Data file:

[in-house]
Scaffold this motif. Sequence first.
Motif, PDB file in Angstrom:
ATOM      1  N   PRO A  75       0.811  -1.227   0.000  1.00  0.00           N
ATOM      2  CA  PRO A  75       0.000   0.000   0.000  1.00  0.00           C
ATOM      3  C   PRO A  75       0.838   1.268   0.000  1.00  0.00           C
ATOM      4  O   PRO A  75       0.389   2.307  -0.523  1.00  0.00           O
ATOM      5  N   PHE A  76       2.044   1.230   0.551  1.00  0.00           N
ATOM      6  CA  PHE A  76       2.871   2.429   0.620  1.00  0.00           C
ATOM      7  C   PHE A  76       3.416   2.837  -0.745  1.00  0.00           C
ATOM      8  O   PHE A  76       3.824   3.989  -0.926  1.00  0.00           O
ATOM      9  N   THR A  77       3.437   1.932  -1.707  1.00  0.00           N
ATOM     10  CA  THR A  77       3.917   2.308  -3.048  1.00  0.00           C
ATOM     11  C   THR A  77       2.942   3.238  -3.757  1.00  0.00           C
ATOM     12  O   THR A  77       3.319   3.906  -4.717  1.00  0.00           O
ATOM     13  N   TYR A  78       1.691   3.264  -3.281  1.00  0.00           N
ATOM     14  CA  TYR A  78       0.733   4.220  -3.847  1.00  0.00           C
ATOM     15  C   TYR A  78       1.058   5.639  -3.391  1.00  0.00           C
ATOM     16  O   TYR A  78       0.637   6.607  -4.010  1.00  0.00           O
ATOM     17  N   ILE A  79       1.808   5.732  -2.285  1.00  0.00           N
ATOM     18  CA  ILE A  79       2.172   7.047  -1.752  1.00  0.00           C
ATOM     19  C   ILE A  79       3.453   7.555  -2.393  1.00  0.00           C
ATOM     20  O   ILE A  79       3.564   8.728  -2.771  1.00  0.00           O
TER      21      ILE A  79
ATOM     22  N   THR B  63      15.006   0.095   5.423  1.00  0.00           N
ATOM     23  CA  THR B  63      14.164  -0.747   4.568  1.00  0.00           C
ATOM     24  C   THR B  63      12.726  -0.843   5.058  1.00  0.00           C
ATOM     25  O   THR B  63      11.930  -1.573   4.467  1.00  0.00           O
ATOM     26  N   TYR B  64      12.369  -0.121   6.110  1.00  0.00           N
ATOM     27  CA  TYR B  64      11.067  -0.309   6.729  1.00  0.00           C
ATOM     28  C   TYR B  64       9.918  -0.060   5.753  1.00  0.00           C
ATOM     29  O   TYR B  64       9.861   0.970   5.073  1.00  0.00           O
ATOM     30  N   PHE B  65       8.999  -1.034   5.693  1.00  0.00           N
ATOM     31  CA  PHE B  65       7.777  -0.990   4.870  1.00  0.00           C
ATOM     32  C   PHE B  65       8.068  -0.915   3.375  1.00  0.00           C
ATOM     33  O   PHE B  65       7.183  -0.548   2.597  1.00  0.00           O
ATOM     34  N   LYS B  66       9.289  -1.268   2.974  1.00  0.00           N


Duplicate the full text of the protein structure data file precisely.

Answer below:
[in-house]
Scaffold this motif. Sequence first.
Motif, PDB file in Angstrom:
ATOM      1  N   PRO A  75       0.811  -1.227   0.000  1.00  0.00           N
ATOM      2  CA  PRO A  75       0.000   0.000   0.000  1.00  0.00           C
ATOM      3  C   PRO A  75       0.838   1.268   0.000  1.00  0.00           C
ATOM      4  O   PRO A  75       0.389   2.307  -0.523  1.00  0.00           O
ATOM      5  N   PHE A  76       2.044   1.230   0.551  1.00  0.00           N
ATOM      6  CA  PHE A  76       2.871   2.429   0.620  1.00  0.00           C
ATOM      7  C   PHE A  76       3.416   2.837  -0.745  1.00  0.00           C
ATOM      8  O   PHE A  76       3.824   3.989  -0.926  1.00  0.00           O
ATOM      9  N   THR A  77       3.437   1.932  -1.707  1.00  0.00           N
ATOM     10  CA  THR A  77       3.917   2.308  -3.048  1.00  0.00           C
ATOM     11  C   THR A  77       2.942   3.238  -3.757  1.00  0.00           C
ATOM     12  O   THR A  77       3.319   3.906  -4.717  1.00  0.00           O
ATOM     13  N   TYR A  78       1.691   3.264  -3.281  1.00  0.00           N
ATOM     14  CA  TYR A  78       0.733   4.220  -3.847  1.00  0.00           C
ATOM     15  C   TYR A  78       1.058   5.639  -3.391  1.00  0.00           C
ATOM     16  O   TYR A  78       0.637   6.607  -4.010  1.00  0.00           O
ATOM     17  N   ILE A  79       1.808   5.732  -2.285  1.00  0.00           N
ATOM     18  CA  ILE A  79       2.172   7.047  -1.752  1.00  0.00           C
ATOM     19  C   ILE A  79       3.453   7.555  -2.393  1.00  0.00           C
ATOM     20  O   ILE A  79       3.564   8.728  -2.771  1.00  0.00           O
TER      21      ILE A  79
ATOM     22  N   THR B  63      15.006   0.095   5.423  1.00  0.00           N
ATOM     23  CA  THR B  63      14.164  -0.747   4.568  1.00  0.00           C
ATOM     24  C   THR B  63      12.726  -0.843   5.058  1.00  0.00           C
ATOM     25  O   THR B  63      11.930  -1.573   4.467  1.00  0.00           O
ATOM     26  N   TYR B  64      12.369  -0.121   6.110  1.00  0.00           N
ATOM     27  CA  TYR B  64      11.067  -0.309   6.729  1.00  0.00           C
ATOM     28  C   TYR B  64       9.918  -0.060   5.753  1.00  0.00           C
ATOM     29  O   TYR B  64       9.861   0.970   5.073  1.00  0.00           O
ATOM     30  N   PHE B  65       8.999  -1.034   5.693  1.00  0.00           N
ATOM     31  CA  PHE B  65       7.777  -0.990   4.870  1.00  0.00           C
ATOM     32  C   PHE B  65       8.068  -0.915   3.375  1.00  0.00           C
ATOM     33  O   PHE B  65       7.183  -0.548   2.597  1.00  0.00           O
ATOM     34  N   LYS B  66       9.289  -1.268   2.974  1.00  0.00           N